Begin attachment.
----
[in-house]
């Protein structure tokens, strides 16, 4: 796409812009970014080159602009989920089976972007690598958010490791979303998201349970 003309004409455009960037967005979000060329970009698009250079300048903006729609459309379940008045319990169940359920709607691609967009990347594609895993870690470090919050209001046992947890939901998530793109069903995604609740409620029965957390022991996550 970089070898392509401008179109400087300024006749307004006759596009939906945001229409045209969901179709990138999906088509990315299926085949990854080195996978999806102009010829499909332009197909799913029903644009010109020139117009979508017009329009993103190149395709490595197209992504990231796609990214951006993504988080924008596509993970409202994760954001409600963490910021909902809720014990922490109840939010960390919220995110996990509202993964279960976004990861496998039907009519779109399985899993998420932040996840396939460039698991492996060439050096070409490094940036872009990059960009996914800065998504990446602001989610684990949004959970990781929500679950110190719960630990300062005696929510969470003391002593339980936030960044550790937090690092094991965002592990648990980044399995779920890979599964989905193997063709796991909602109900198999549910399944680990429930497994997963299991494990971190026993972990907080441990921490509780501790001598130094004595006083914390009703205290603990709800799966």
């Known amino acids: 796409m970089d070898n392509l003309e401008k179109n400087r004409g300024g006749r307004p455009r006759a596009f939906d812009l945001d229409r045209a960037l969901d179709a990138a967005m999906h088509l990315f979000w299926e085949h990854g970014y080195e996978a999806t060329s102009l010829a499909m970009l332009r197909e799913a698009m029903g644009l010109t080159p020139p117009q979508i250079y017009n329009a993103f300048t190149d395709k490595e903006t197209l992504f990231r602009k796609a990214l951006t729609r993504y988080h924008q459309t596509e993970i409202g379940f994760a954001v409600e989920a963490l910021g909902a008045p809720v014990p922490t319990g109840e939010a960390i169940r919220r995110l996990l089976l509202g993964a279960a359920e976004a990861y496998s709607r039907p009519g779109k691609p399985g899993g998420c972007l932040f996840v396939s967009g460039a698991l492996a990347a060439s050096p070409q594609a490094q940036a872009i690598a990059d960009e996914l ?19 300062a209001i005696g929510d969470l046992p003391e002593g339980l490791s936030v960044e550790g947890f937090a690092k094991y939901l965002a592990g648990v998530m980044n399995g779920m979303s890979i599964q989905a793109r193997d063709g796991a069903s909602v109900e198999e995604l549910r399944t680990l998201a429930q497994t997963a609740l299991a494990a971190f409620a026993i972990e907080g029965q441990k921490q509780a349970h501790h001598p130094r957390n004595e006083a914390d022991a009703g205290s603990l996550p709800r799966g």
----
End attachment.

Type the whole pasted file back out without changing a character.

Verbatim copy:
[in-house]
């Protein structure tokens, strides 16, 4: 796409812009970014080159602009989920089976972007690598958010490791979303998201349970 003309004409455009960037967005979000060329970009698009250079300048903006729609459309379940008045319990169940359920709607691609967009990347594609895993870690470090919050209001046992947890939901998530793109069903995604609740409620029965957390022991996550 970089070898392509401008179109400087300024006749307004006759596009939906945001229409045209969901179709990138999906088509990315299926085949990854080195996978999806102009010829499909332009197909799913029903644009010109020139117009979508017009329009993103190149395709490595197209992504990231796609990214951006993504988080924008596509993970409202994760954001409600963490910021909902809720014990922490109840939010960390919220995110996990509202993964279960976004990861496998039907009519779109399985899993998420932040996840396939460039698991492996060439050096070409490094940036872009990059960009996914800065998504990446602001989610684990949004959970990781929500679950110190719960630990300062005696929510969470003391002593339980936030960044550790937090690092094991965002592990648990980044399995779920890979599964989905193997063709796991909602109900198999549910399944680990429930497994997963299991494990971190026993972990907080441990921490509780501790001598130094004595006083914390009703205290603990709800799966």
């Known amino acids: 796409m970089d070898n392509l003309e401008k179109n400087r004409g300024g006749r307004p455009r006759a596009f939906d812009l945001d229409r045209a960037l969901d179709a990138a967005m999906h088509l990315f979000w299926e085949h990854g970014y080195e996978a999806t060329s102009l010829a499909m970009l332009r197909e799913a698009m029903g644009l010109t080159p020139p117009q979508i250079y017009n329009a993103f300048t190149d395709k490595e903006t197209l992504f990231r602009k796609a990214l951006t729609r993504y988080h924008q459309t596509e993970i409202g379940f994760a954001v409600e989920a963490l910021g909902a008045p809720v014990p922490t319990g109840e939010a960390i169940r919220r995110l996990l089976l509202g993964a279960a359920e976004a990861y496998s709607r039907p009519g779109k691609p399985g899993g998420c972007l932040f996840v396939s967009g460039a698991l492996a990347a060439s050096p070409q594609a490094q940036a872009i690598a990059d960009e996914l ?19 300062a209001i005696g929510d969470l046992p003391e002593g339980l490791s936030v960044e550790g947890f937090a690092k094991y939901l965002a592990g648990v998530m980044n399995g779920m979303s890979i599964q989905a793109r193997d063709g796991a069903s909602v109900e198999e995604l549910r399944t680990l998201a429930q497994t997963a609740l299991a494990a971190f409620a026993i972990e907080g029965q441990k921490q509780a349970h501790h001598p130094r957390n004595e006083a914390d022991a009703g205290s603990l996550p709800r799966g």